33. Marlier, E., Cantillon, B., Nolan, B., Van Den Bosch, K., & Van Rie, T. (2012). Developing and learning from EU measures of social inclusion. In D. J. Besharov & K. A. Couch (Eds.), Counting the poor: New thinking about European poverty measures and lessons for the United States (pp. 299–342). New York: Oxford.

    Google Scholar 

  34. Molina, I., & Rao, J. N. K. (2010). Small area estimation of poverty indicators. Canadian Journal of Statistics, 38(3), 369–385.

    Article  Google Scholar 

  35. Molina, I., Salvati, N., & Pratesi, M. (2009). Bootstrap for estimating the MSE of the spatial EBLUP. Computational Statistics, 24, 441–458.

    Article  Google Scholar 

  36. OECD. (2011). Compendium of OECD well-being indicators, Tech. rep., OECD.

  37. Petrucci, A., & Salvati, N. (2006). Small area estimation for spatial correlation in watershed erosion assessment. Journal of the Agricultural, Biological, and Environmental Statistics, 11, 169–182.

    Article  Google Scholar 

  38. Prasad, N., & Rao, J. (1990). The estimation of the mean squared error of small area estimators. Journal of the American Statistical Association, 85, 163–171.

    Article  Google Scholar 

  39. Pratesi, M. (2016). Introduction on measuring poverty at local level using SAE methods. In M. Pratesi (Ed.), Analysis of poverty by small area estimation methods (pp. 2–7). New York: Wiley.

    Google Scholar 

  40. Pratesi, M., Giusti, C., & Marchetti, S. (2012). Small area estimation of poverty indicators. In C. Davino & L. Fabbris (Eds.), Survey data collection and integration (pp. 89–101). New York: Springer.

    Google Scholar 

  41. Pratesi, M., & Salvati, N. (2008). Small area estimation: The EBLUP estimator based on spatially correlated random area effects. Statistical Methods and Applications, 17, 113–141.

    Article  Google Scholar 

  42. Pratesi, M., & Salvati, N. (2009). Small area estimation in the presence of correlated random area effects. Journal of Official Statistics, 25, 37–53.

    Google Scholar 

  43. Rao, J. N. K. (2003). Small area estimation. New York: Wiley.

    Google Scholar 

  44. Saei, A., & Chambers, R. (2005). Small area estimation under linear and generalized linear mixed models with time and area effects, Tech. Rep. WP M03/15, Southampton Statistical Sciences Research Institute.

  45. Salvati, N. (2004). Small area estimation by spatial models: The spatial empirical best linear unbiased prediction (spatial EBLUP), Tech. Rep. Working Paper No. 2004/04, University of Florence.

  46. Salvati, N., Giusti, C., & Pratesi, M. (2014). The use of spatial information for the estimation of poverty indicators at the small area level. In G. Betti & A. Lemmi (Eds.), Poverty and social exclusion: New methods of analysis (pp. 261–282). New York: Wiley.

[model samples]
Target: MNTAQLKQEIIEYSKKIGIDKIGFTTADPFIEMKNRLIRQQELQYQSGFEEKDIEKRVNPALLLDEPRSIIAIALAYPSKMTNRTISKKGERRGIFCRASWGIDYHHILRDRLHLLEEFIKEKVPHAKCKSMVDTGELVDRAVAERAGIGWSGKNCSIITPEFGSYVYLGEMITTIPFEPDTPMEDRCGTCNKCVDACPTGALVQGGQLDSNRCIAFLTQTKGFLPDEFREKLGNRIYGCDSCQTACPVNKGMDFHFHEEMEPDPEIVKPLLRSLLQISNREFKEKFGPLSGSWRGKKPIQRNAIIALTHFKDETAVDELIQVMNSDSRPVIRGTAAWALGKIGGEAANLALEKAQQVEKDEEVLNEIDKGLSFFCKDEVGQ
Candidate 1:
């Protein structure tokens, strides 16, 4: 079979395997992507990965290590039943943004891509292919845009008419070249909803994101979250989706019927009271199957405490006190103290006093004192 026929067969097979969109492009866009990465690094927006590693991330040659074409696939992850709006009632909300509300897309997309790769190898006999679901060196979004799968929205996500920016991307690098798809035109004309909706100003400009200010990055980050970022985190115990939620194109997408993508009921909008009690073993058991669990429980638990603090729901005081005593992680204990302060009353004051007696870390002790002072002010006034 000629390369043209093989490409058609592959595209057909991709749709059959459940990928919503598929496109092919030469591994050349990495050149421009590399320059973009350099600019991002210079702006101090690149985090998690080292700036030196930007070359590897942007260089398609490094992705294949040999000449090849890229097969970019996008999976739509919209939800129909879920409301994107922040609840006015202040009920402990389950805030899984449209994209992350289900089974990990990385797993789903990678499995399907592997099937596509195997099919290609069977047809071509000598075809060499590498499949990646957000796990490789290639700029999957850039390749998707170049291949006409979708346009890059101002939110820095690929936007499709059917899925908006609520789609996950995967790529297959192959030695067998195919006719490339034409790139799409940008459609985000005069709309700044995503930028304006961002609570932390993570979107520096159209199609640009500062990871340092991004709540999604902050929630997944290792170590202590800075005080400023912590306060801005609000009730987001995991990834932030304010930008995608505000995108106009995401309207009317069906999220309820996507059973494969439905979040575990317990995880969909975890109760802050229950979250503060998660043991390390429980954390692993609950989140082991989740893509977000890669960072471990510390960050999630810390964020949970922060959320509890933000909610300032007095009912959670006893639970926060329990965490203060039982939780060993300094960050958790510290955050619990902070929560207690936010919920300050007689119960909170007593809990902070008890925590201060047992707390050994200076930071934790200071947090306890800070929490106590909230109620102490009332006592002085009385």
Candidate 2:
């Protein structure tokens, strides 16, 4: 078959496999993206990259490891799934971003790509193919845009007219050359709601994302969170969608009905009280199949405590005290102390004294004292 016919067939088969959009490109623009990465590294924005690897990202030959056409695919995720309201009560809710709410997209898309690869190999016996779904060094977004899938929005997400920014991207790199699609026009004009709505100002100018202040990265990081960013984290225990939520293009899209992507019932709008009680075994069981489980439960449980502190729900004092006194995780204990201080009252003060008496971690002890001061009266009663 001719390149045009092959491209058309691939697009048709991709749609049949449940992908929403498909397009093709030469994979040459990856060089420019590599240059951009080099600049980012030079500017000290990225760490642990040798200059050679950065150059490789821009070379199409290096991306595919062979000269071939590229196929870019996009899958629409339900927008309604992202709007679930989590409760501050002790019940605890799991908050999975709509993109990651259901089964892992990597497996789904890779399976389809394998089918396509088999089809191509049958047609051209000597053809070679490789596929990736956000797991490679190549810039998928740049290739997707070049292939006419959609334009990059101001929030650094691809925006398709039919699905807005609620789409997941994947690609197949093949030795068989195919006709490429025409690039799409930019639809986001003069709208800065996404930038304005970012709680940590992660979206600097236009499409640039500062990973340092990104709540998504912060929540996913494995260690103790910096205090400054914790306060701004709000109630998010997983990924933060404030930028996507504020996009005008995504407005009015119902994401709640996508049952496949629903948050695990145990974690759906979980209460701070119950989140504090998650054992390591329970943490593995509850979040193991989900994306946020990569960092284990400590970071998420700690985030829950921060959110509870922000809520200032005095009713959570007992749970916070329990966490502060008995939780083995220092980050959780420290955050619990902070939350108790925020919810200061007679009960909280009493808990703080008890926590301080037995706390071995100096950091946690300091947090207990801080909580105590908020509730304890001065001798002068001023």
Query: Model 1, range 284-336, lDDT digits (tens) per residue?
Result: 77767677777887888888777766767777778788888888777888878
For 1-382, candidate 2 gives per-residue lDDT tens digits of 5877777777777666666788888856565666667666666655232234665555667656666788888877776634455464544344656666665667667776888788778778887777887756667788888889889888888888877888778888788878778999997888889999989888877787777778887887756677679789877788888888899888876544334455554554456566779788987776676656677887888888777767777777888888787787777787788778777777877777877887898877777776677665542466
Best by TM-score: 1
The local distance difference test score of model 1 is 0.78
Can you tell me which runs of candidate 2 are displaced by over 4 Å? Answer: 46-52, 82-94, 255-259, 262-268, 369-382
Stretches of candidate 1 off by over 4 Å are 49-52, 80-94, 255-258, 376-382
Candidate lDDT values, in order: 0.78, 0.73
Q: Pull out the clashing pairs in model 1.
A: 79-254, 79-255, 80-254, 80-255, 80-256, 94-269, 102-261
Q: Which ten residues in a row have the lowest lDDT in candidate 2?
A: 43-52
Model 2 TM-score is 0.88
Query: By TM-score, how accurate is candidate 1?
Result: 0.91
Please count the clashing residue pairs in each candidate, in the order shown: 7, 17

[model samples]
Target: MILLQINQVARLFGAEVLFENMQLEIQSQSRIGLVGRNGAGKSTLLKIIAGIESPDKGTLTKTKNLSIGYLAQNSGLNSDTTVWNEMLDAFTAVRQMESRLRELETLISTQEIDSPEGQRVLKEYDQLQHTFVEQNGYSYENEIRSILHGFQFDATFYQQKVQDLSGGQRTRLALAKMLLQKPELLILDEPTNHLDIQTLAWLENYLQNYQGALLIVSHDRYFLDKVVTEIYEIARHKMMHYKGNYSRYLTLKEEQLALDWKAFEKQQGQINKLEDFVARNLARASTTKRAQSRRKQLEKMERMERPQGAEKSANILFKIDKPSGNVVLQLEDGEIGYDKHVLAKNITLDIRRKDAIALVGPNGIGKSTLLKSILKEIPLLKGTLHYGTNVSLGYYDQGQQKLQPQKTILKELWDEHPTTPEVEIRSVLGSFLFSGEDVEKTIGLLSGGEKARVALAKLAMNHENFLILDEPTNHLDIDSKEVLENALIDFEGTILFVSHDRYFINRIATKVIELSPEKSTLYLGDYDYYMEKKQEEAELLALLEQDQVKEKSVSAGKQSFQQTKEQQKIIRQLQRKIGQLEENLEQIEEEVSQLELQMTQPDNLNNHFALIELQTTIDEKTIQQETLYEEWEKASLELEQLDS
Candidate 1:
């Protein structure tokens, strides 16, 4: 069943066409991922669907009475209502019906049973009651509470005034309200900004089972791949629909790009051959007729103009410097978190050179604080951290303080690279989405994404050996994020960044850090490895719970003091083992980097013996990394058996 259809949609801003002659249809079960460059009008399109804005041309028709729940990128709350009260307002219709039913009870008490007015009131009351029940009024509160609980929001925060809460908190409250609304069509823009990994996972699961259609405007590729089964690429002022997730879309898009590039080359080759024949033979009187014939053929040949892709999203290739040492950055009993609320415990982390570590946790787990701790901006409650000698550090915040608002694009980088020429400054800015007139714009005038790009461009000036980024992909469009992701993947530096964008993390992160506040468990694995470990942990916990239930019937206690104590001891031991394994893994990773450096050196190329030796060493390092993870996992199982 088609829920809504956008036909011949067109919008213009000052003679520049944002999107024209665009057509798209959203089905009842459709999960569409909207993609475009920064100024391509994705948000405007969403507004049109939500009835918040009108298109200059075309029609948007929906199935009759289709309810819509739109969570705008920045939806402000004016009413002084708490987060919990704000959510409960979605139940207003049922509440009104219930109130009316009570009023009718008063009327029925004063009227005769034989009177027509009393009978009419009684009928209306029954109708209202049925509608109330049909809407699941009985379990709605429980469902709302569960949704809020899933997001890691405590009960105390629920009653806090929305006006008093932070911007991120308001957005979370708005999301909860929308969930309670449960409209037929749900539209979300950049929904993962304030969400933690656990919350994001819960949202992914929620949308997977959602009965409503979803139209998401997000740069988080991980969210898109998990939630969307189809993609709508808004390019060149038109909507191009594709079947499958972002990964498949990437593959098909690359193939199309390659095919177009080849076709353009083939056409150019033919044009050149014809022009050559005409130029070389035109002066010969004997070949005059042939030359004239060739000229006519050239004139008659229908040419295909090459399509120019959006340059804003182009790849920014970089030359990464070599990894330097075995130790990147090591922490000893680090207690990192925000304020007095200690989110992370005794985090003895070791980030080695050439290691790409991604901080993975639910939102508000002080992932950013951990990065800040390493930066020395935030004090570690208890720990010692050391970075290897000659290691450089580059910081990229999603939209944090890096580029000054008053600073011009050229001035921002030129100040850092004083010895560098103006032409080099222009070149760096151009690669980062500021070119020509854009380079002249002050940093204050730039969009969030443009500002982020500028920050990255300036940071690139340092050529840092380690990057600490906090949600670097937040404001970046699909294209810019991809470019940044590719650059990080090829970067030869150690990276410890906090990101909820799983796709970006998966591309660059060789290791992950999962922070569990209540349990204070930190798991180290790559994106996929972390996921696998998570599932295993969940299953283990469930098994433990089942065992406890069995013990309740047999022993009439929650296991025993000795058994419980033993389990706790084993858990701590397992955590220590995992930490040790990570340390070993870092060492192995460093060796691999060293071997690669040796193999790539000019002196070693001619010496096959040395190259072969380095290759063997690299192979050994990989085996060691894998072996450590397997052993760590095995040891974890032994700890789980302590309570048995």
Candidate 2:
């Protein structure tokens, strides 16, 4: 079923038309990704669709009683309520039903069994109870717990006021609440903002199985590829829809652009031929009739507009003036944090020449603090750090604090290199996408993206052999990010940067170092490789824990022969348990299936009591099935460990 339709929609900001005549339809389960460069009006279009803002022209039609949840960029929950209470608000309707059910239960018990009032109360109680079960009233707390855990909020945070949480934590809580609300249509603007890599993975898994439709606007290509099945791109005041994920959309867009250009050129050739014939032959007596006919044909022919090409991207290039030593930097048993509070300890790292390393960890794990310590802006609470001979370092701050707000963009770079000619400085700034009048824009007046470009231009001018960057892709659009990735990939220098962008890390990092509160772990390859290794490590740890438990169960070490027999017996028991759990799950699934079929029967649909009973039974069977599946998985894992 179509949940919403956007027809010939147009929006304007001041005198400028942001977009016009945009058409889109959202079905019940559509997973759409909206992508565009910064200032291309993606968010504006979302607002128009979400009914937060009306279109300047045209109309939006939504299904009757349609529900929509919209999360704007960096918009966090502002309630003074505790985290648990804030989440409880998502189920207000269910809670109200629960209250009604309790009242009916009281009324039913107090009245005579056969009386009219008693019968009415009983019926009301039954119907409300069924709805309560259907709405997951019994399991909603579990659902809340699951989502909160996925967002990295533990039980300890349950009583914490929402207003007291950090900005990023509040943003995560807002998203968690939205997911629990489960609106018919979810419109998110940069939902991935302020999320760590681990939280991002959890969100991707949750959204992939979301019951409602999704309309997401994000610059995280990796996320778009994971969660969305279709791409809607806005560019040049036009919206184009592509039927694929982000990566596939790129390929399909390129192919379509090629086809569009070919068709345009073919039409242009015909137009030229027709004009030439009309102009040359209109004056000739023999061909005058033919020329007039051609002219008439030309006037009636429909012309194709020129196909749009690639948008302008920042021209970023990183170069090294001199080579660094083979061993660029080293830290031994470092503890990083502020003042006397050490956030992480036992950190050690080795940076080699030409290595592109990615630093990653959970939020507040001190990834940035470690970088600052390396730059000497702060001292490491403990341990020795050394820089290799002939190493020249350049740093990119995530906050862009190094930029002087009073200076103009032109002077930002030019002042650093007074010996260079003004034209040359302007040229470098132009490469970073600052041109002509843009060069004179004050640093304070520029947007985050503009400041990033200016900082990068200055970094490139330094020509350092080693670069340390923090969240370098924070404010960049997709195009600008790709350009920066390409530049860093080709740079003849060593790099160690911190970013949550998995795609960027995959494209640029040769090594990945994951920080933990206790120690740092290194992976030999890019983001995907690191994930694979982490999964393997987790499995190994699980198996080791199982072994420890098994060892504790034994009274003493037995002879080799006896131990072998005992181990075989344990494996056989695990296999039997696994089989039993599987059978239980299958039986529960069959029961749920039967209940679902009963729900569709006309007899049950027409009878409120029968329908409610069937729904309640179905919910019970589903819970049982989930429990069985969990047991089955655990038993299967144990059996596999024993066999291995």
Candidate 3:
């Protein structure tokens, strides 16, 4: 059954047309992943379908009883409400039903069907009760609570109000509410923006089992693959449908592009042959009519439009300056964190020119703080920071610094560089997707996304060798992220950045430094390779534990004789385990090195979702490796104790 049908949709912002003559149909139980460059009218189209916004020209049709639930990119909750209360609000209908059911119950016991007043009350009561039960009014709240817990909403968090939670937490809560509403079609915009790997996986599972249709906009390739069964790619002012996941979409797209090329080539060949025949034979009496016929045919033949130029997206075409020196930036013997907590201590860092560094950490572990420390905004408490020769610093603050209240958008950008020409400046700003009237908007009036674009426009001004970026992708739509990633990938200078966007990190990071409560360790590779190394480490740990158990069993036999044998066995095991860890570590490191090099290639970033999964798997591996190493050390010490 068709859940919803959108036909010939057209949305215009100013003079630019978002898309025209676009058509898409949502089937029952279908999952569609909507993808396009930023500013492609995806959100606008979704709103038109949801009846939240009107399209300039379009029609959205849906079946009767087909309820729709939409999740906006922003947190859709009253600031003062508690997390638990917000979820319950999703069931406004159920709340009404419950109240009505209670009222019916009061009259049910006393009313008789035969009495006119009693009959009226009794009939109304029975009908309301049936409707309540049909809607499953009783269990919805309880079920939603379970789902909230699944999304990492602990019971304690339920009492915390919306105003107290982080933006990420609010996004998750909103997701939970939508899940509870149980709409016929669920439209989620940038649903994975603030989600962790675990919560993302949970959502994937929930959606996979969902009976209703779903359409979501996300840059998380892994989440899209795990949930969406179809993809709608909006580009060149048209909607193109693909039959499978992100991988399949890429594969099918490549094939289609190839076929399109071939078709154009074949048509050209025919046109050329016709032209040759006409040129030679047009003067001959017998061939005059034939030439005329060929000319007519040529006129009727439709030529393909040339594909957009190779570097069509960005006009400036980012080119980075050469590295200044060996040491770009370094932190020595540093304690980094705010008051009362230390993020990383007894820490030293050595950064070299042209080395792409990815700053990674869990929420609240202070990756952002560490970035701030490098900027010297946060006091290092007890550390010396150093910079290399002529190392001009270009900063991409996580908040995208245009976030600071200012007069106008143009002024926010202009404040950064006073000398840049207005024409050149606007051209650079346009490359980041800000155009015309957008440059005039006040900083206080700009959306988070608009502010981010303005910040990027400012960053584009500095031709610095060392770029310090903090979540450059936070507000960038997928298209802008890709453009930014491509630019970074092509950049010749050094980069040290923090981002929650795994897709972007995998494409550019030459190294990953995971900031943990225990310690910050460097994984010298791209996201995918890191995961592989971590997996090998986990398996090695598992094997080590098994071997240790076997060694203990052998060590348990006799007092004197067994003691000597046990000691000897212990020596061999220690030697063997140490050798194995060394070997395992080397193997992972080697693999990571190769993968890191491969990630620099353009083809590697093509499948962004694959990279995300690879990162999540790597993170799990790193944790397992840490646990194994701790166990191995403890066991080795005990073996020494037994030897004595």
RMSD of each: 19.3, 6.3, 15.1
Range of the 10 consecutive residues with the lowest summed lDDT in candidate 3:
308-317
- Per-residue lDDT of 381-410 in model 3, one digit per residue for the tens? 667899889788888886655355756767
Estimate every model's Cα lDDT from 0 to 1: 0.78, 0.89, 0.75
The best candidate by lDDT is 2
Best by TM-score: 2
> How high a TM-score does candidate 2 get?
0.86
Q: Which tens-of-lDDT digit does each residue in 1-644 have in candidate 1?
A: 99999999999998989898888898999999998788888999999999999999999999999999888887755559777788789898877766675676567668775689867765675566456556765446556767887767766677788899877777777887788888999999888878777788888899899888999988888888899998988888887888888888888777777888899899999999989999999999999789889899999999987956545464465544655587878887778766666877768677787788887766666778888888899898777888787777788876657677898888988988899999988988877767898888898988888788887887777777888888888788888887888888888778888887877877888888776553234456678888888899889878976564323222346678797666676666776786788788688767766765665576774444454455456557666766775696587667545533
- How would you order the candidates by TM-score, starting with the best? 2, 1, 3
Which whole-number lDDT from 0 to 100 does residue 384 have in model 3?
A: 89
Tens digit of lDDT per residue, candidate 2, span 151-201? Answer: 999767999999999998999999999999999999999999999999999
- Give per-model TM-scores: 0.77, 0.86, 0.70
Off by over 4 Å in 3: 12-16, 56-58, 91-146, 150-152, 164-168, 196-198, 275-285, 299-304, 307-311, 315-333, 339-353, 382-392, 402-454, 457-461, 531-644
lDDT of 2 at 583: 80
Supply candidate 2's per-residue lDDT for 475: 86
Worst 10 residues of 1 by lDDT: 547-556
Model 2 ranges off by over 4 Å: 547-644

Google Scholar 

  47. Salvati, N., Tzavidis, N., Pratesi, M., & Chambers, R. (2012). Small area estimation via M-quantile geographically weighted regression. Test, 21, 1–28.

    Article  Google Scholar 

  48. Singh, B., Shukla, G., & Kundu, D. (2005). Spatio-temporal models in small area estimation. Survey Methodology, 31, 183–195.

    Google Scholar 

  49. Tobler, W. (1970). A computer movie simulation urban growth in the Detroit region. Economic Geography, 46, 234–240.

    Article  Google Scholar 

  50. Tzavidis, N., & Marchetti, S. (2016). Robust domain estimation of income-based inequality indicators. In M. Pratesi (Ed.), Analysis of poverty by small area estimation methods (pp. 33–56). New York: Wiley.

    Google Scholar 

  51. Walker, R., & Ashworth, K. (1994). Poverty dynamics: Issues and examples. Avebury.

  52. Weziak-Bialowolska, D., & Dijkstra, L. (2014). Monitoring multidimensional poverty in the regions of the European Union, Tech. rep., European Commission—Joint Research Centre.

Download references

Acknowledgments

The opinions expressed in this article are solely those of the authors. Nevertheless the authors would like to thank Luigi Biggeri, Emeritus Professor of Economic Statistics, for the many and fruitful discussions on the role of PPPs in the study of poverty at local level. The research presented in this paper was developed in the framework of the European Commission FP7 project InGRID (Inclusive GRowth Research Infrastructure Diffusion, www.inclusivegrowth.eu) and in the framework of the University of Pisa PRA 2015 project CSRHR (Corporate Social Responsibility & Human Rights, http://csrhrproject.ec.unipi.it).

Author information

Affiliations

Authors

Corresponding author

Correspondence to Caterina Giusti.

Rights and permissions

Reprints and Permissions

About this article

Verify currency and authenticity via CrossMark

Cite this article

Giusti, C., Masserini, L. & Pratesi, M. Local Comparisons of Small Area Estimates of Poverty: An Application Within the Tuscany Region in Italy. Soc Indic Res 131, 235–254 (2017). https://doi.org/10.1007/s11205-015-1193-1

Download citation

Keywords

  • Poverty mapping
  • Poverty line
  • Model-based estimates
  • Purchasing power parities